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E04469: Greek inscription commemorating the construction of a memorion, probably a martyr shrine. Found at Quneitra near Paneas/Caesarea Philippi, in the Golan Heights, to the northeast of the Sea of Galilee (Roman province of Phoenicia Paralias). Probably 5th or 6th c.

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posted on 2017-12-18, 00:00 authored by pnowakowski
Διομέδη̣ς [- - -]
τος οἰκοδ[όμος - - - μητροκωμί]-
ας Ζοραο[υηνῶν τὸ με]-
μόριν ΤωΛ[- - - ἰν]-
δικτ̣ι[ῶνος - -]

3-4. με]|μόριν Feissel

'Diomedes [- - -] builder [- - - of the mother-village (metrokomia)] of the Zoraouenoi (built) the memorion [- - -] indiction [- - -].'

Text: SEG 46, 1978.


Evidence ID


Saint Name

Martyrs, unnamed or name lost : S00060

Type of Evidence

Inscriptions - Formal inscriptions (stone, mosaic, etc.)


  • Greek

Evidence not before


Evidence not after


Activity not before


Activity not after


Place of Evidence - Region

Palestine with Sinai Syria with Phoenicia Palestine with Sinai

Place of Evidence - City, village, etc

Paneas Quneitra Caesarea Philippi

Place of evidence - City name in other Language(s)

Paneas Caesarea Maritima Καισάρεια Kaisareia Caesarea Kayseri Turris Stratonis Quneitra Thabbora Thabbora Caesarea Philippi Caesarea Maritima Καισάρεια Kaisareia Caesarea Kayseri Turris Stratonis

Cult activities - Places

Cult building - independent (church)

Cult activities - Non Liturgical Practices and Customs

Construction of cult buildings

Cult Activities - Protagonists in Cult and Narratives

Merchants and artisans


Stone block. Broken and lost at the right-hand end. Dimensions not specified. Found during surveys organised by the Israel Antiquities Authority after 1967 at Quneitra. First published by Robert Gregg and Dan Urman in 1996. When recorded, the stone was reused in a modern building.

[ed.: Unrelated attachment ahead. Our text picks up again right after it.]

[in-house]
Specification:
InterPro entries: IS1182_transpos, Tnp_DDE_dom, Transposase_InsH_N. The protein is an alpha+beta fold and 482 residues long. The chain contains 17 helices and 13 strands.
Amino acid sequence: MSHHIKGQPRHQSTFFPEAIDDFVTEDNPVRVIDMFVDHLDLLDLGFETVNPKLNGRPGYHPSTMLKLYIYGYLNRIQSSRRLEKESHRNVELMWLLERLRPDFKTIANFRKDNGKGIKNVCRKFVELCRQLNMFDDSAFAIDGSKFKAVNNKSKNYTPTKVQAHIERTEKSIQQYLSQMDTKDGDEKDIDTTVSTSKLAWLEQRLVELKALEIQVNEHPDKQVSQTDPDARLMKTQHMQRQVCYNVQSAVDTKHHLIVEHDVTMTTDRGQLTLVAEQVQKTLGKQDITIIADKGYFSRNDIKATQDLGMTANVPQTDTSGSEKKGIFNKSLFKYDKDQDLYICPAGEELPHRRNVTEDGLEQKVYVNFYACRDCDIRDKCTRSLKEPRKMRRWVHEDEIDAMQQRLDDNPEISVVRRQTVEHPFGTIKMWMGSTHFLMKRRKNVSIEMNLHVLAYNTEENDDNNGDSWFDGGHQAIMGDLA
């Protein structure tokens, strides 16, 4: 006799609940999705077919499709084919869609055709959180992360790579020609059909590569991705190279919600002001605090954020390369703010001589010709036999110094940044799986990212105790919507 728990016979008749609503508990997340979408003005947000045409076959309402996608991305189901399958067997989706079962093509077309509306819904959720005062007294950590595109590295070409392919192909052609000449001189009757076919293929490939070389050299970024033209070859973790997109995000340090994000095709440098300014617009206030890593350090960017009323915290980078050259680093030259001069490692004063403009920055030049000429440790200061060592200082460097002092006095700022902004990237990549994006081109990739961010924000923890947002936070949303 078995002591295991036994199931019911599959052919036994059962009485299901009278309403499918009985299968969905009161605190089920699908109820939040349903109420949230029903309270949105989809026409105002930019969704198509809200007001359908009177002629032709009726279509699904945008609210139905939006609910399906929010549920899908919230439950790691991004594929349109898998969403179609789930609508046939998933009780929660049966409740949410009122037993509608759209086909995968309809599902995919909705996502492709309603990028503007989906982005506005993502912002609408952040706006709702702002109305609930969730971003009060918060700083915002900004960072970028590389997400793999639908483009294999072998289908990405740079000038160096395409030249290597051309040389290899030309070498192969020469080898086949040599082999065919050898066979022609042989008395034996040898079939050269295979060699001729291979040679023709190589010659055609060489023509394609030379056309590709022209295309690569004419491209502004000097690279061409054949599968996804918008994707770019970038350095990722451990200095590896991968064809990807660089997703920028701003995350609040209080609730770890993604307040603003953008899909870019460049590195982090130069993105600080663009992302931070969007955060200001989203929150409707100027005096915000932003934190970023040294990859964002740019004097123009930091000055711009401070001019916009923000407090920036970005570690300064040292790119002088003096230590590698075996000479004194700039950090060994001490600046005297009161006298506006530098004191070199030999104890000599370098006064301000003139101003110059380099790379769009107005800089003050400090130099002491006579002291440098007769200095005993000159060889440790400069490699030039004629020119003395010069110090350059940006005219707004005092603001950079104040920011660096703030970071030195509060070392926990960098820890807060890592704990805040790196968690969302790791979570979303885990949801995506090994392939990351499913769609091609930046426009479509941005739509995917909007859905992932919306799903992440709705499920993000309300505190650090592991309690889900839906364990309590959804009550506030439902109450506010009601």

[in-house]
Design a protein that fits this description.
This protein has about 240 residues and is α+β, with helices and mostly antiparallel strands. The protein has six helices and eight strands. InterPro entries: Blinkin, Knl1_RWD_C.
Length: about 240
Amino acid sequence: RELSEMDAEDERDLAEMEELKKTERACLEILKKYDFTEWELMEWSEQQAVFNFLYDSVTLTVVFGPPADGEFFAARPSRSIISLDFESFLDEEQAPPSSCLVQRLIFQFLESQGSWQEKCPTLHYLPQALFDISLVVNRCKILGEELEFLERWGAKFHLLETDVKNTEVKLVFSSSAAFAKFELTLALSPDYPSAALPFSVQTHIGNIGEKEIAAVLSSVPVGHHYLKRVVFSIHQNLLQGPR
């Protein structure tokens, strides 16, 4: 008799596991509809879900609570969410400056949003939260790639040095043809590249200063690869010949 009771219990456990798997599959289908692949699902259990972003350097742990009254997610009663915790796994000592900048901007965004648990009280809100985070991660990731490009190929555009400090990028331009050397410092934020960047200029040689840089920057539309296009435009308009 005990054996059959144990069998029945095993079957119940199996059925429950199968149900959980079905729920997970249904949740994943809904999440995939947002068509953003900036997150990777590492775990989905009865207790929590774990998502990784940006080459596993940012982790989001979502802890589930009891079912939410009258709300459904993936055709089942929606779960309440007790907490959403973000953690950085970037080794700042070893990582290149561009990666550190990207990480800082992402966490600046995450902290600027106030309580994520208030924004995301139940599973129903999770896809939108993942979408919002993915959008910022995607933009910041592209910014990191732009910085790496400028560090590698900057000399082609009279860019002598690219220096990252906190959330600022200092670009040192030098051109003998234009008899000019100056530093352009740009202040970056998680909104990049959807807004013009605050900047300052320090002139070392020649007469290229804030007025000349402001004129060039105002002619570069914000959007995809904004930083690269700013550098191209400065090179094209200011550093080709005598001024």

Gregg and Urmann were unsure about the religious affiliation of Diomedes mentioned in line 1. Denis Feissel, however, argues that lines 3-4 almost certainly mention a memorion, here understood as a martyr shrine (= martyrion, cf. E02082; E02144), which would suggest that the inscription came from a Christian religious building. Line 3 apparently contains a reference to the community of Izra/Zorava, a town famous for its high quality Christian inscriptions (see, e.g.: E01754; E02065; E02116; E02117, and others). Dating: There is no way to precisely date the inscription. If it really mentions a Christian martyr shrine, the building must have been erected in the 5th or 6th c., as suggested by other, dated inscriptions from the region.


Edition: Gregg, R., Urman, D., Jews, Pagans, and Christians in the Golan Heights: Greek and Other Inscriptions of the Roman and Byzantine Eras (Atlanta, Ga.: Scholars Press, 1996), no. 219. Further reading: For memorion, see also: Feissel, D. (ed.), Recueil des inscriptions chrétiennes de Macédoine, du IIIe au VIe siècle (Athens: Ecole française d'Athènes, Paris Dépositaire, Diffusion de Boccard, 1983), 23-24. Reference works: Bulletin épigraphique (1997), 648. Chroniques d'épigraphie byzantine, 771. Supplementum Epigraphicum Graecum 46, 1978.

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    Evidence -  The Cult of Saints in Late Antiquity



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